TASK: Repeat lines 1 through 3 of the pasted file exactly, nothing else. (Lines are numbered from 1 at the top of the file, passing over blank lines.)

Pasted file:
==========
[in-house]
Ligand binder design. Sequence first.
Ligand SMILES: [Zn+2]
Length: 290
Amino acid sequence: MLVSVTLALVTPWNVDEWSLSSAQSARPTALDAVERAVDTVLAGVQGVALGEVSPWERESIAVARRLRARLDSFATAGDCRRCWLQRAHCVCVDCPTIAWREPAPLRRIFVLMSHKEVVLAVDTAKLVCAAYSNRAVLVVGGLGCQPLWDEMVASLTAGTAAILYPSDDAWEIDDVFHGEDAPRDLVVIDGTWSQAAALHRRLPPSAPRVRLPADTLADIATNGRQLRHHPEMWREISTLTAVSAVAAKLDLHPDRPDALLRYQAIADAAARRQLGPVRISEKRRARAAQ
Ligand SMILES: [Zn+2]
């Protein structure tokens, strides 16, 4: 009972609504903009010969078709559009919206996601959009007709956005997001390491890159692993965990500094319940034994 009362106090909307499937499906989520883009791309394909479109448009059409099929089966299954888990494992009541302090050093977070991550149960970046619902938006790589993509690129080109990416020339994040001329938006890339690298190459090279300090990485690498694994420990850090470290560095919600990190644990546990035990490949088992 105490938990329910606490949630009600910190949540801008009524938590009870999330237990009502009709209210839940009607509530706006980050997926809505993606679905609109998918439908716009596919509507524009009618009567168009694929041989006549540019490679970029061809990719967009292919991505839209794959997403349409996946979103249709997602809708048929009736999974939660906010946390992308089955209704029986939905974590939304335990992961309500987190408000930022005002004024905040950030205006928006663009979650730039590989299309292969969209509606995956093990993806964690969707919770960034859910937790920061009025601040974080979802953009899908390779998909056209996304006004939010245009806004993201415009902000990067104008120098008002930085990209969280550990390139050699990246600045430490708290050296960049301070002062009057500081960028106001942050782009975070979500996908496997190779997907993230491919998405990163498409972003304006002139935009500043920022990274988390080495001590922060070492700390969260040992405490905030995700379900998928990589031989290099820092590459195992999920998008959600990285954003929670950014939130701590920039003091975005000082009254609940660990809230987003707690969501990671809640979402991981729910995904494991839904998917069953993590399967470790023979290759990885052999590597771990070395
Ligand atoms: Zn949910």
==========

[in-house]
Ligand binder design. Sequence first.
Ligand SMILES: [Zn+2]